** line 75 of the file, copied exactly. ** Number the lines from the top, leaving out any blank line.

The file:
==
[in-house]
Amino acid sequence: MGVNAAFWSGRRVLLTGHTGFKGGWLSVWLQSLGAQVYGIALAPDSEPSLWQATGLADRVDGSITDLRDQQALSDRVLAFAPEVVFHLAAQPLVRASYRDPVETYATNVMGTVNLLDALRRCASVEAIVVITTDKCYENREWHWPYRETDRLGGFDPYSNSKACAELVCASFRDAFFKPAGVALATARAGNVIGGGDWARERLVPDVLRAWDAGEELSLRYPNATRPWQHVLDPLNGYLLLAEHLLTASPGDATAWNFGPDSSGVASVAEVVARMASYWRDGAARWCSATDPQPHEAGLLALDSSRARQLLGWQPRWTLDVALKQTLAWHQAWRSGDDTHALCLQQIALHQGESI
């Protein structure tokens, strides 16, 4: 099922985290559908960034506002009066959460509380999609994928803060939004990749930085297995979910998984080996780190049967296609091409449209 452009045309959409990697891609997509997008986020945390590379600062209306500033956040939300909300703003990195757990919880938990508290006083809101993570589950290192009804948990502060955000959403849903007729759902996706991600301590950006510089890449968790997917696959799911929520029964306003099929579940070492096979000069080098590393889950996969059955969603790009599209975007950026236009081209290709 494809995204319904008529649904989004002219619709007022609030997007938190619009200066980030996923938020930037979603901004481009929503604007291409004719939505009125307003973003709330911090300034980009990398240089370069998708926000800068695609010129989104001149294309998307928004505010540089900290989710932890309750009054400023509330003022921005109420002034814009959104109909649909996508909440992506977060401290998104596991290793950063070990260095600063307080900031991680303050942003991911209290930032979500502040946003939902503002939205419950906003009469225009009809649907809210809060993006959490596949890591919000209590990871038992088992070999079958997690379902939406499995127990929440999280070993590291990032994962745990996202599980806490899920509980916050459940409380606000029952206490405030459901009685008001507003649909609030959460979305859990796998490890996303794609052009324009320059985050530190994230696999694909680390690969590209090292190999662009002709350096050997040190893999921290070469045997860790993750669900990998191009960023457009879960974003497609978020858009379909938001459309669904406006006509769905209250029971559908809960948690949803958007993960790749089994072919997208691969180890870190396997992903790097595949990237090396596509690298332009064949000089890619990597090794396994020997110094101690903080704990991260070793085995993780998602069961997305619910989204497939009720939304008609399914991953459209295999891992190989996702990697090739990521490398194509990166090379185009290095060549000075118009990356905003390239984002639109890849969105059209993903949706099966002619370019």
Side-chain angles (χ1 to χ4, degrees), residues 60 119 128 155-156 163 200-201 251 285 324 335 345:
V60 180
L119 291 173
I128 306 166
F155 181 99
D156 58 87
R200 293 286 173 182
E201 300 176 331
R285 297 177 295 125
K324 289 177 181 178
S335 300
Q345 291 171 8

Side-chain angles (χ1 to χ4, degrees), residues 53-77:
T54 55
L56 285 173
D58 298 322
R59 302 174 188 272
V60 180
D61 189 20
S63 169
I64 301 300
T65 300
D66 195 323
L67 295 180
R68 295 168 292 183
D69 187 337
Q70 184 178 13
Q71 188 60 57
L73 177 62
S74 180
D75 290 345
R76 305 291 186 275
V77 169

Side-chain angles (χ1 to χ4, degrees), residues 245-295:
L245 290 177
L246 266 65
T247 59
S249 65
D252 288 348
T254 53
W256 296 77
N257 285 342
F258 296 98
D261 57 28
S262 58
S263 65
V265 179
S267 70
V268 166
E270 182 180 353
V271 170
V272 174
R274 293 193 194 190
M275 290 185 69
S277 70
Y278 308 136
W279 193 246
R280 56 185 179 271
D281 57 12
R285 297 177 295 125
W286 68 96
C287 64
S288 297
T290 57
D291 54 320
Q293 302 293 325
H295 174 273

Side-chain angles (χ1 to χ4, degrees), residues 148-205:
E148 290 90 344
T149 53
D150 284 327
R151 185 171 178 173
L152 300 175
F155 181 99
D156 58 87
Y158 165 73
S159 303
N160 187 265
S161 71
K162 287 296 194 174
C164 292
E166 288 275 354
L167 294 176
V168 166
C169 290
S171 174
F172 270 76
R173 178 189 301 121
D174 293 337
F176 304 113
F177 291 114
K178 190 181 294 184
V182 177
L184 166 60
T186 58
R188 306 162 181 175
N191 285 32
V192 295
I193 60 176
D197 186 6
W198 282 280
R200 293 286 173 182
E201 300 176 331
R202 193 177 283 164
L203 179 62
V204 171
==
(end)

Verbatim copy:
R151 185 171 178 173